VICTORIA (NEWS 1130) – The parents of a Victoria teenager who died of a drug overdose say they don’t want others have to go through the same trauma.
After eight days of hearings, a BC Coroners Service jury is about to start deliberations to make recommendations to prevent similar deaths.
The 16-year-old’s parents say their efforts to help their son battle drug addiction were hampered by outdated laws, ones that actually hamper parents from helping children in their time of need, according to father Brock Eurchuk.
“Elliot was incapable of making a healthy decision for himself, and the information we needed to catch Elliot as he was falling was not provided to us,” he said. “And those are all pieces of the puzzle in Elliot’s death, who was a beautiful boy.”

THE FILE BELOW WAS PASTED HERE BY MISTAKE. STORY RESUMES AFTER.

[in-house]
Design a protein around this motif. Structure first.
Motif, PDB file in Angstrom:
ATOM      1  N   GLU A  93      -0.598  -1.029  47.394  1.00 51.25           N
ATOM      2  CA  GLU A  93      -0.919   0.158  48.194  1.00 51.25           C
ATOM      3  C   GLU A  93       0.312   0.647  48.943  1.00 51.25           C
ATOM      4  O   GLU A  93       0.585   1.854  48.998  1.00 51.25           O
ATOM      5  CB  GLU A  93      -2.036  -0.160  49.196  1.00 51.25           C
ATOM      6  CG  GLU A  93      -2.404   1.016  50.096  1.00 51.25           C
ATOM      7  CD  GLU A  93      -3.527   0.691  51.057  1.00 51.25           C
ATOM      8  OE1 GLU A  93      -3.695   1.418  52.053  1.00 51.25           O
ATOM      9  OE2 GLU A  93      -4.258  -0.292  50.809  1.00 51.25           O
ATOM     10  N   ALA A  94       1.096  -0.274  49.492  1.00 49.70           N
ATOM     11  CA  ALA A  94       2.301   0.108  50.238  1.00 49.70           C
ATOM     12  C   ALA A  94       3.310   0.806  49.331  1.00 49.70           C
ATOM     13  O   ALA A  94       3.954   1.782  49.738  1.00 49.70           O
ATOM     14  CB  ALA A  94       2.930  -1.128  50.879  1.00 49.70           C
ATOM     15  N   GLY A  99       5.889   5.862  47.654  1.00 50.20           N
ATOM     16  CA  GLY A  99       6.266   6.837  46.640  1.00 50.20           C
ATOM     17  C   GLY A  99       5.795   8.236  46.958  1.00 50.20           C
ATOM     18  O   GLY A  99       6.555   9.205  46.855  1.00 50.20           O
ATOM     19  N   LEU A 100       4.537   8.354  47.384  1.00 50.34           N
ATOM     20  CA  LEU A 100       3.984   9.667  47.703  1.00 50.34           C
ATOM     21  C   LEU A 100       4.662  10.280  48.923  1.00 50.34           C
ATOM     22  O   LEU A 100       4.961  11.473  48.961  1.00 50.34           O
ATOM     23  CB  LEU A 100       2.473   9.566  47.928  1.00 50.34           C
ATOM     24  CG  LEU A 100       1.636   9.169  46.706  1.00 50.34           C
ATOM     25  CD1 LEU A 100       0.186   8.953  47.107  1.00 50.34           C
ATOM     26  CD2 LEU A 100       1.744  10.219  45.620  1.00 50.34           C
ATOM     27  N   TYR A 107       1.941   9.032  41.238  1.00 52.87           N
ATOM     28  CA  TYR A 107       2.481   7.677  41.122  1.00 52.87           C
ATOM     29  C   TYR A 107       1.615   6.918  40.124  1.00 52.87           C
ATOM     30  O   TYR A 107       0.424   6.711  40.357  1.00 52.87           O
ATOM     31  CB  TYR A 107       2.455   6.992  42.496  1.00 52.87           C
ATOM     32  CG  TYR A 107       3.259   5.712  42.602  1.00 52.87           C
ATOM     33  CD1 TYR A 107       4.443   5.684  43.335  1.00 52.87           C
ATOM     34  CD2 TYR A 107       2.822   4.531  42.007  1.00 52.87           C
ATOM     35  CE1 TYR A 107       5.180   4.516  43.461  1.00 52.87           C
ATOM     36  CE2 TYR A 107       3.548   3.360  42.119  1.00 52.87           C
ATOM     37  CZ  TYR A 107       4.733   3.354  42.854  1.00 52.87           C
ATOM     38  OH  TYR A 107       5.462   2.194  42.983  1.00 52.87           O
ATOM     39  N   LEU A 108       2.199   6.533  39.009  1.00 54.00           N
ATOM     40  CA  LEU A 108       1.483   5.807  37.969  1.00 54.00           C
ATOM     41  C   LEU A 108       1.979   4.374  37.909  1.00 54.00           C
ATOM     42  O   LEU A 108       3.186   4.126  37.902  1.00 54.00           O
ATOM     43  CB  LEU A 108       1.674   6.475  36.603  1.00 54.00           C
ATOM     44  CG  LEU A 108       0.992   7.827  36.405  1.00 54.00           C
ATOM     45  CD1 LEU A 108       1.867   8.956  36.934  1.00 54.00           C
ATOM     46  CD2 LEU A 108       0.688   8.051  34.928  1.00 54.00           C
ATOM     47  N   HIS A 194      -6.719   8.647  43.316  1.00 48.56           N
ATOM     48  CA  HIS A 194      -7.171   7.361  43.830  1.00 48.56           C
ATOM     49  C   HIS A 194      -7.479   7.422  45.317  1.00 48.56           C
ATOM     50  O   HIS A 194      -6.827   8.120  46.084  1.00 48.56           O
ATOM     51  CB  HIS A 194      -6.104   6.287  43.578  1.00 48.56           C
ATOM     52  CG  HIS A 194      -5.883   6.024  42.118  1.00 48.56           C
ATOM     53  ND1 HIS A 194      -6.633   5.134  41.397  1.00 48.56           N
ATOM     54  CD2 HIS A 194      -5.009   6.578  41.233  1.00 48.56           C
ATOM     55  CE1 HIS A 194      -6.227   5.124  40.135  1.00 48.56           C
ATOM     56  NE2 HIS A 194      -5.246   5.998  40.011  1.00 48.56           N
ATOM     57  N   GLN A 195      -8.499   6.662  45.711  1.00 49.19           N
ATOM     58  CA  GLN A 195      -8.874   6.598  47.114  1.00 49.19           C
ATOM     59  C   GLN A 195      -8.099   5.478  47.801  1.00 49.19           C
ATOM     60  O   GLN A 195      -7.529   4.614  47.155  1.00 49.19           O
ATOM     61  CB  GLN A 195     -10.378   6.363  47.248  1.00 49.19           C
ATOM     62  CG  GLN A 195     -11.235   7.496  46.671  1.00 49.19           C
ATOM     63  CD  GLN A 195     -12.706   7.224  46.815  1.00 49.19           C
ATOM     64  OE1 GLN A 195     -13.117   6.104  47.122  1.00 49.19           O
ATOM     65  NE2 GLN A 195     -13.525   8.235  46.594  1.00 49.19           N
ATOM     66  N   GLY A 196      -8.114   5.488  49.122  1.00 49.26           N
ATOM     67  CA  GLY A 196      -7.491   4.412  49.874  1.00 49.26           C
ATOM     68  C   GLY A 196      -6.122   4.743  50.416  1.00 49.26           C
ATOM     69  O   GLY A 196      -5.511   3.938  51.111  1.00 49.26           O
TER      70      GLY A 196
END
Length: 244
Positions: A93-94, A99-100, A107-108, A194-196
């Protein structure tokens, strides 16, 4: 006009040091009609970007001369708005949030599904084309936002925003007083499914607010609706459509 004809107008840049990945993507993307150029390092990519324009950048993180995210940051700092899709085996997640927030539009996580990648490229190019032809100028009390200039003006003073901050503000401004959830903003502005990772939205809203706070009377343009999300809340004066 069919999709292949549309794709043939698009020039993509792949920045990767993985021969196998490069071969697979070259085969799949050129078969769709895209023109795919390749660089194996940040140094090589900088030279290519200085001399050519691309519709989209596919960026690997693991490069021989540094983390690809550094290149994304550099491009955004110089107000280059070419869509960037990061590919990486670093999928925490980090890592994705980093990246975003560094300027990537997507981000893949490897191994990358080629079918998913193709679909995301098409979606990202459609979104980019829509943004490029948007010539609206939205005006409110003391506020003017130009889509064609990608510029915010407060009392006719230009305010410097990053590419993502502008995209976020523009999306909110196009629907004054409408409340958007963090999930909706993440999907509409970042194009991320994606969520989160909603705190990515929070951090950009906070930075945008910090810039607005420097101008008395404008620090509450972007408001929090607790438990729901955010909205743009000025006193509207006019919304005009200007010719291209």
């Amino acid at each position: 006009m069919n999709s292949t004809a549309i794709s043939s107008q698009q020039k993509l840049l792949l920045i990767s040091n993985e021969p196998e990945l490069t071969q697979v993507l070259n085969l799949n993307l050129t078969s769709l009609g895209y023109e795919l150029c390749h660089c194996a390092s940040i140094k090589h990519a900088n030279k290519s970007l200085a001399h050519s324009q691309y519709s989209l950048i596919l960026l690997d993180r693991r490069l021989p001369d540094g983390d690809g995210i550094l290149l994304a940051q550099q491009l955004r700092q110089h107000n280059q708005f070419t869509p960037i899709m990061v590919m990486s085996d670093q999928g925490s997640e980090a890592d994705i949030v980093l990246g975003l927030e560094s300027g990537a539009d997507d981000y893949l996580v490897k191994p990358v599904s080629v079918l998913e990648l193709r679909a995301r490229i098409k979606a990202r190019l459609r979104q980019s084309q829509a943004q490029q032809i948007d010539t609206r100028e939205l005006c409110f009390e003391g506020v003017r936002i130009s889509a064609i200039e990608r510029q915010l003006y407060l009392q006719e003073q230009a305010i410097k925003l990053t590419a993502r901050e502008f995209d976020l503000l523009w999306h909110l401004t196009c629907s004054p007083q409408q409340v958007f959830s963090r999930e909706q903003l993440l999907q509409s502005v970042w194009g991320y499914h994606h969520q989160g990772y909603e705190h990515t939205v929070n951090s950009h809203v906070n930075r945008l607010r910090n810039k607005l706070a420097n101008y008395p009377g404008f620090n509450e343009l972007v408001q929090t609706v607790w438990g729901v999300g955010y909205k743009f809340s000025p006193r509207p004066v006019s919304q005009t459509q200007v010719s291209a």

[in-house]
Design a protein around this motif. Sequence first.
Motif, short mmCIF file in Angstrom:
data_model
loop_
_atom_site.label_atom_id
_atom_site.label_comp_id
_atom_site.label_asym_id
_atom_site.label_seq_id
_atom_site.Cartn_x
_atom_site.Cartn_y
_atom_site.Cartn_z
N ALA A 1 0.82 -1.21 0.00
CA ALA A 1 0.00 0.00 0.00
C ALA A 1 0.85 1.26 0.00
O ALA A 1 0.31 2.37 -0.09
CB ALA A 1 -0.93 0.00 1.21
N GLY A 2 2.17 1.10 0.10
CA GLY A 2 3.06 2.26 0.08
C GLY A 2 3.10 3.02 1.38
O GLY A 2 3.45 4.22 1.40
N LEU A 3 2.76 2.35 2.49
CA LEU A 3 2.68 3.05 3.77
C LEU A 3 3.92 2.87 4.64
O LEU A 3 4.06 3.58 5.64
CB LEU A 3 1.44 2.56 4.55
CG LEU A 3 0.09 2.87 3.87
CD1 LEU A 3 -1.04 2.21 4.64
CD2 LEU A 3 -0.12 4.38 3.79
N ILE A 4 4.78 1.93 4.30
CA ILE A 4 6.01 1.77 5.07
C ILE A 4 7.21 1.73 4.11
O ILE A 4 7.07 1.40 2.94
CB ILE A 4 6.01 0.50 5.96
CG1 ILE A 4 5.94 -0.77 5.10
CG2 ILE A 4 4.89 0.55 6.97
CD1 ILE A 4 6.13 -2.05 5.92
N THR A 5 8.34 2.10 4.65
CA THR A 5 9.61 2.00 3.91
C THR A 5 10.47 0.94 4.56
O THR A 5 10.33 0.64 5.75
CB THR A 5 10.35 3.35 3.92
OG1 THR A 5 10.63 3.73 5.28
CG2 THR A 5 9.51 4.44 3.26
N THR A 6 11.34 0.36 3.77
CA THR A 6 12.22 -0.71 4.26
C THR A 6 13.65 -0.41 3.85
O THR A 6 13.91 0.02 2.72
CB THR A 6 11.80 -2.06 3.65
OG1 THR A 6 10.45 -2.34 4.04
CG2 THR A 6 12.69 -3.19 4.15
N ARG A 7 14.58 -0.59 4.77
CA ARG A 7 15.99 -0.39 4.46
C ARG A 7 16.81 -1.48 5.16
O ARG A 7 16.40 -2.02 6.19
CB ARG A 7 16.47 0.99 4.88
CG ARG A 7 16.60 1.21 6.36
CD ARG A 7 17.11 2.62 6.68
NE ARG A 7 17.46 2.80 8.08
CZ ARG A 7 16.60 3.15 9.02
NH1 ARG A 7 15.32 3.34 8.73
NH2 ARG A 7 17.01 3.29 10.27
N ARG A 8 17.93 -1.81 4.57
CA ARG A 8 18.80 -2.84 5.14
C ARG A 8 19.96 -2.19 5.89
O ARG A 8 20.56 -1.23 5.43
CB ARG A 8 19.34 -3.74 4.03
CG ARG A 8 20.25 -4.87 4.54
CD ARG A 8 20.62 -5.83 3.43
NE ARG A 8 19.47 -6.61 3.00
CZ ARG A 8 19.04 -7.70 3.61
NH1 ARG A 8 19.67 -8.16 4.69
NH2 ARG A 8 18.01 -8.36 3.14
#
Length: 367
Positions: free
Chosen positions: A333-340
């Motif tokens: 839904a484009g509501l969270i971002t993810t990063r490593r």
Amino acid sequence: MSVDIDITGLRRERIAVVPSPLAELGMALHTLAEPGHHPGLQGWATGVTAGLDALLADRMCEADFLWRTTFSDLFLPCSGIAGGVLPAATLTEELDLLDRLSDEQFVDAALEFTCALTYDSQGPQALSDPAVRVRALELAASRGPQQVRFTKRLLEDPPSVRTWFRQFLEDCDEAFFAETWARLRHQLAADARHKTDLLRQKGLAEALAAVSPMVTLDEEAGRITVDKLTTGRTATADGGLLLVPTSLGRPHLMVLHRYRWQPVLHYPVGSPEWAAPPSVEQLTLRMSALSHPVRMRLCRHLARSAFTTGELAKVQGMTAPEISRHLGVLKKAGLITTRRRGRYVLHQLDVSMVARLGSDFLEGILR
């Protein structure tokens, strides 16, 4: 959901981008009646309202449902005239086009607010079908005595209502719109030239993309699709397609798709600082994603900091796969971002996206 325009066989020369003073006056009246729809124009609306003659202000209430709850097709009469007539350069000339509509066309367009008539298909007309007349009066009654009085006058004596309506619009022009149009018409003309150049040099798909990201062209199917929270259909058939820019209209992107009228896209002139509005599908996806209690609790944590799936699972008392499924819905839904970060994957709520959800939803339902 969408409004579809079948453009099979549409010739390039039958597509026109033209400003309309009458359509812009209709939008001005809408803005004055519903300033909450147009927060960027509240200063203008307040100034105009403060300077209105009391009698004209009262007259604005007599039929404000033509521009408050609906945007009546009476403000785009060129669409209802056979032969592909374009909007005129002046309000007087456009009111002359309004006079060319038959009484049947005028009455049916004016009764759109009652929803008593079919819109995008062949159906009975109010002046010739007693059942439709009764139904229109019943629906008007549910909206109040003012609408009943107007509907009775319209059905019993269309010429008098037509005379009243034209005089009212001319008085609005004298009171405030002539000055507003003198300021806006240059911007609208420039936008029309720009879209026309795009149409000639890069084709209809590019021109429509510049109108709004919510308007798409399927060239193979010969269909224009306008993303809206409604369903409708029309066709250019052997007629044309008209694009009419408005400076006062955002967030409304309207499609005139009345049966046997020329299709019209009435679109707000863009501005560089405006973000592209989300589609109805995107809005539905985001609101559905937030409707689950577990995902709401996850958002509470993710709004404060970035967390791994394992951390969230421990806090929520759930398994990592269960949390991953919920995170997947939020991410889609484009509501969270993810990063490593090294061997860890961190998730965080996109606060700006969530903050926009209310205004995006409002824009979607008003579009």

The teen’s parents believe his addiction started after being prescribed opiate painkillers, following two separate surgeries.
“We don’t want other children to navigate our community in a very difficult, vulnerable state, and fall through the cracks like Elliot did,” the father said. “As Elliot’s father, I’ll be dealing with my failures as his father for the rest of my life.”
Elliot’s mother, Rachel Staples, says privacy laws prevented her family from getting complete medical information about their son, who was struggling with drug addiction.
“Based on the messages I’ve been receiving from people I don’t event know, they’re horrified to learn that a child can block information — particularly when a parent sets up something like a drug screening tests. But, parents can be blocked from receiving that information.”
The boy was found unresponsive in his bedroom last April. More than 40 people have testified at the coroner’s inquest.